Effective Test.Check

This is a blog about the development of Yeller, The Exception Tracker with Answers

Read more about Yeller here

Clojure’s test.check library is a wonderful complement to traditional unit testing. It encourages you to write “properties” that hold globally true for a part of your software. But because of it’s different approach, it’s usually found harder to get started with than unit testing (which many developers are already familiar with). This means developers new to the tool often get stumped with “what kinds of things do I test”.

Test.check isn’t going to eat you. It just wants to break your code

An example would be handy right about now

One of the best ways I’ve found of overcoming this obstacle is a load of examples. With enough good examples, your brain starts generalizing well, and you can generalize and then figure out how you can use test.check’s powerful abilities on your own software.

These examples aren’t an introduction to test.check - the README does a great job of that. These examples solve “what kinds of things do I test?”, not “how do I test”

So, I’ve gathered together all the examples of generative testing I could find, so you can generalize from them:


The best use for test.check testing is to take any phrase of the sort “it should NEVER” or “it should ALWAYS” about the software to be tested, and write a test.check test for that. A very simple (and well known) example set of properties can come from effective java: the assumptions Java’s standard libraries make about equals and hashCode methods (thanks to this blog):


  1. It is reflexive: For any reference value x, x.equals(x) must return true.
  2. It is symmetric: For any reference values x and y, x.equals(y) must return true if and only if y.equals(x) return true.
  3. It is transitive. For any reference values x, y, and z, if x.equals(y) returns true and y.equals(z) returns true, then x.equals(z) must return true.
  4. It is consistent. For any reference values x and y, multiple invocations of x.equals(y) consistently return true or consistently return false, provided no information used in equals comparisons on the object is modified.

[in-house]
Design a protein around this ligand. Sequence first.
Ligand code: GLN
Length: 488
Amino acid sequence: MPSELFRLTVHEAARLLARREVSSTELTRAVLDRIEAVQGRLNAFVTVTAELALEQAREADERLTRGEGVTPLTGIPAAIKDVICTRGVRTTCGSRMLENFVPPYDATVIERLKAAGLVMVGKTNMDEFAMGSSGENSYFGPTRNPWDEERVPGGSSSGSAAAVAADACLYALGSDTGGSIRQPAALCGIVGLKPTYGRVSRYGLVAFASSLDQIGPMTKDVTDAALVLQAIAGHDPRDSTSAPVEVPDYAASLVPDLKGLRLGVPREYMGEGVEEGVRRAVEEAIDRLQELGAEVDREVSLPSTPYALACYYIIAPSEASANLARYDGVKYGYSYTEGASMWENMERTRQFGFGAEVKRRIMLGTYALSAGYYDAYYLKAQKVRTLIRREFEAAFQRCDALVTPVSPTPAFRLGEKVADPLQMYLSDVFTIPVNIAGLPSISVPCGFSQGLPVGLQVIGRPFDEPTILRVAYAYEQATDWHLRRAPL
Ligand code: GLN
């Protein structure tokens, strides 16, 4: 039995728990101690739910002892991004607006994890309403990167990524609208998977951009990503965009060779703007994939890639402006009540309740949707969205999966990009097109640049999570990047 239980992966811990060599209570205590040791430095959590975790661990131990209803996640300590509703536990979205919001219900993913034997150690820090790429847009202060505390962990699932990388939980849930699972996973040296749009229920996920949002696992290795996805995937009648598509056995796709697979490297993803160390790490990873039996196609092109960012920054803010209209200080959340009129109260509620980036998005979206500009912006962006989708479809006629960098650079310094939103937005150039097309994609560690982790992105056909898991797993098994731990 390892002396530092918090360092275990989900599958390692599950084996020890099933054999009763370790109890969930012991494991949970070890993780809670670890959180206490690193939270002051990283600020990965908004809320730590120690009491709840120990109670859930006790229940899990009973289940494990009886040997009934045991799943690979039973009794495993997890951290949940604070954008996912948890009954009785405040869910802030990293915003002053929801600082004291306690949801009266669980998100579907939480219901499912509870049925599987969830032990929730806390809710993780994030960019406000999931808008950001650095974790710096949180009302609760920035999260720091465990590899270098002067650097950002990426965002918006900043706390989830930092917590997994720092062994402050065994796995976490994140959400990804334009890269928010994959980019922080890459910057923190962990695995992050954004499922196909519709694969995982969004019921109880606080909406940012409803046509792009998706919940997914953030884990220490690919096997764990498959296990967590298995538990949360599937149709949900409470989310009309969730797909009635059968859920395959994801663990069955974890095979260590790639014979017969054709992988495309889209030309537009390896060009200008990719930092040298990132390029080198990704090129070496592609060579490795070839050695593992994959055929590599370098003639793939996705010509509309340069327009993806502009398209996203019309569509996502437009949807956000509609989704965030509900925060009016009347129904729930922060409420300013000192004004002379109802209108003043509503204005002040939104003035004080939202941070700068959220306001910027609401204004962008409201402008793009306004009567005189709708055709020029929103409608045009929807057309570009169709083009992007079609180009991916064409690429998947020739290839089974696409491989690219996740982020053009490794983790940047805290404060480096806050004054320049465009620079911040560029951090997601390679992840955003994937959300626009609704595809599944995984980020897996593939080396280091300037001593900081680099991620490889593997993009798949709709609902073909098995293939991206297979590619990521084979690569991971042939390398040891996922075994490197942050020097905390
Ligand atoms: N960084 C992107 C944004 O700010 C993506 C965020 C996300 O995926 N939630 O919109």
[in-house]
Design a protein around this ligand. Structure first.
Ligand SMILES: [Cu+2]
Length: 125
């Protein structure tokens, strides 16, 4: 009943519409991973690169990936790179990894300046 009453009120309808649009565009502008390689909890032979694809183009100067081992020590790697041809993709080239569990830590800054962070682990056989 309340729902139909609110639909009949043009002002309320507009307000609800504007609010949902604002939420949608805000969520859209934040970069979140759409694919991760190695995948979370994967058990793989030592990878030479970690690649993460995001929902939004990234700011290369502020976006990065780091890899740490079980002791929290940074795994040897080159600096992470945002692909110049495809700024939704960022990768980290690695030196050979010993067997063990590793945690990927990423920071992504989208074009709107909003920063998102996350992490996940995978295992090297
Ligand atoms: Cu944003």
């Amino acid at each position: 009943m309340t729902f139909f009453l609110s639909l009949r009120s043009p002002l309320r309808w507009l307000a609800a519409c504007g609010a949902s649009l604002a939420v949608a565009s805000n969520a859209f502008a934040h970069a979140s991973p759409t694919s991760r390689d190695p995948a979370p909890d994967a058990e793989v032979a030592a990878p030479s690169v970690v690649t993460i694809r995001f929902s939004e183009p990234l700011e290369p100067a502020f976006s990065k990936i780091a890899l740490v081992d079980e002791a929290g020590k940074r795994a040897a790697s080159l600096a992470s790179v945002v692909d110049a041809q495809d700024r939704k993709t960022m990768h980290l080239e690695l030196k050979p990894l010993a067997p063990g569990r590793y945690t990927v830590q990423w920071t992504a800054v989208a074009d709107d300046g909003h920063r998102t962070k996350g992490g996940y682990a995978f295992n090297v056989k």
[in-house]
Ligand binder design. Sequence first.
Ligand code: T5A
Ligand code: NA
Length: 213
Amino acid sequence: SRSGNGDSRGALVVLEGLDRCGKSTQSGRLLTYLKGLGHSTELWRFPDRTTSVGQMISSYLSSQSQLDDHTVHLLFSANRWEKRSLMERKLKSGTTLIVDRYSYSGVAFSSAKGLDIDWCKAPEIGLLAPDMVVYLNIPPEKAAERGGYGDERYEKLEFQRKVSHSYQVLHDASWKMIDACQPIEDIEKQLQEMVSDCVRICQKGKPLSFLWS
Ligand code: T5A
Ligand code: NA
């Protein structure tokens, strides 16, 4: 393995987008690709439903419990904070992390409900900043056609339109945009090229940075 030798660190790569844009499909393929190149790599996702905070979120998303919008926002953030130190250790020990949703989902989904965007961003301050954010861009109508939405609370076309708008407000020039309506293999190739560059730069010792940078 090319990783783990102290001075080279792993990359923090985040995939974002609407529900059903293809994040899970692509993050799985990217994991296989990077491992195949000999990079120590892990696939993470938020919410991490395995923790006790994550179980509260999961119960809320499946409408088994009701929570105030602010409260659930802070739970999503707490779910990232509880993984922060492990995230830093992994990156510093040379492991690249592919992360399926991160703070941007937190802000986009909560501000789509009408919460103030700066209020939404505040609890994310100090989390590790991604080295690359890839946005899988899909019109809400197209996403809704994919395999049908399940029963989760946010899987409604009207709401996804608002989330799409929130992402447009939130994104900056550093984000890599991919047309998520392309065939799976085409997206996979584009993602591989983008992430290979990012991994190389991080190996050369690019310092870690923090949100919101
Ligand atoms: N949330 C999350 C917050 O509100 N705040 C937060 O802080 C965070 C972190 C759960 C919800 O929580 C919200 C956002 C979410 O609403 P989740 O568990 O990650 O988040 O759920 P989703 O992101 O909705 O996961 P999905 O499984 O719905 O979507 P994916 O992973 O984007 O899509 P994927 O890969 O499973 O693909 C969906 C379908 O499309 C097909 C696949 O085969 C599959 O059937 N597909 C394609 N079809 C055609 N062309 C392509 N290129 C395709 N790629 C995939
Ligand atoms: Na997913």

1. Whenever it is invoked on the same object more than once during an execution of an application, the hashCode method must consistently return the same integer, provided no information used in equals comparisons on the object is modified. This integer need not remain consistent from one execution of an application to another execution of the same application.
  2. If two objects are equal according to the equals(Object) method, then calling the hashCode method on each of the two objects must produce the same integer result.
  3. It is not required that if two objects are unequal according to the equals (Object) method, then calling the hashCode method on each of the two Objects must produce distinct integer results. However, the programmer should be aware that producing distinct integer results for unequal objects may improve the performance of hash tables.

Clojure developers don’t often implement equality themselves, but if you are, you’ve got to obey these rules (or weird things will happen to your programs). Test.check provides a very cheap way to check these contracts hold.

Checking Algebraic Properties

Riak requires that merge functions have particular properties, they have to be idempotent, commutative, and associative. Testing these properties hold true of your merge function is crucial - without them you’ll causing things like missing user data, unexpected counter values, and so on. I’ve written about this in the past, go read it.


Any time you have two functions, a -> b and b -> a, and they are meant to be exact inverses of each other, you can test this pretty easily with test.check. By far the biggest payoff I’ve found for this kind of property test though, is serialization logic - you wanna check you can roundtrip perfectly, and test.check makes that trivial.

Custom Collections

Quite a few libraries implement custom persistent data structures that implement Clojure’s core interfaces. Zach Tellman has a wonderful test.check based library for making sure you don’t violate the assumptions those interfaces hold: collection-check.

Stateful checks:

Ok cool, those are some decent examples for pure functions. But what about real world systems? Stateful stuff often has many more bugs than pure functional code, but can be a bit more tricky to test. There are two libraries on top of test.check that help with testing stateful code - both use a pure “model” of the system to model a state machine and generate actions, then check pre/post conditions on each action against the real code to check that it worked as expected:

Clojure Talks

  • Reid Draper, the author of test.check gave a great talk at Clojure West about it.
  • Ashton Kemerling gave an excellent talk about testing legacy JavaScript apps with test.check
  • Philip Potter gave a nice talk at Euroclojure about test.check in general


So, that’s all the test.check examples I could find out there (plus some ideas I’ve used in Yeller). But that’s not all. test.check was directly inspired by Haskell’s QuickCheck, and that community has been teaching how to effectively use generative testing for years. Here’s a collection of resources from them, and from folk using similar ideas in other languages:


Blog posts and github issues:


This is a blog about the development of Yeller, the Exception Tracker with Answers.

Read more about Yeller here

Looking for more about running production applications, debugging, Clojure development and distributed systems? Subscribe to our newsletter: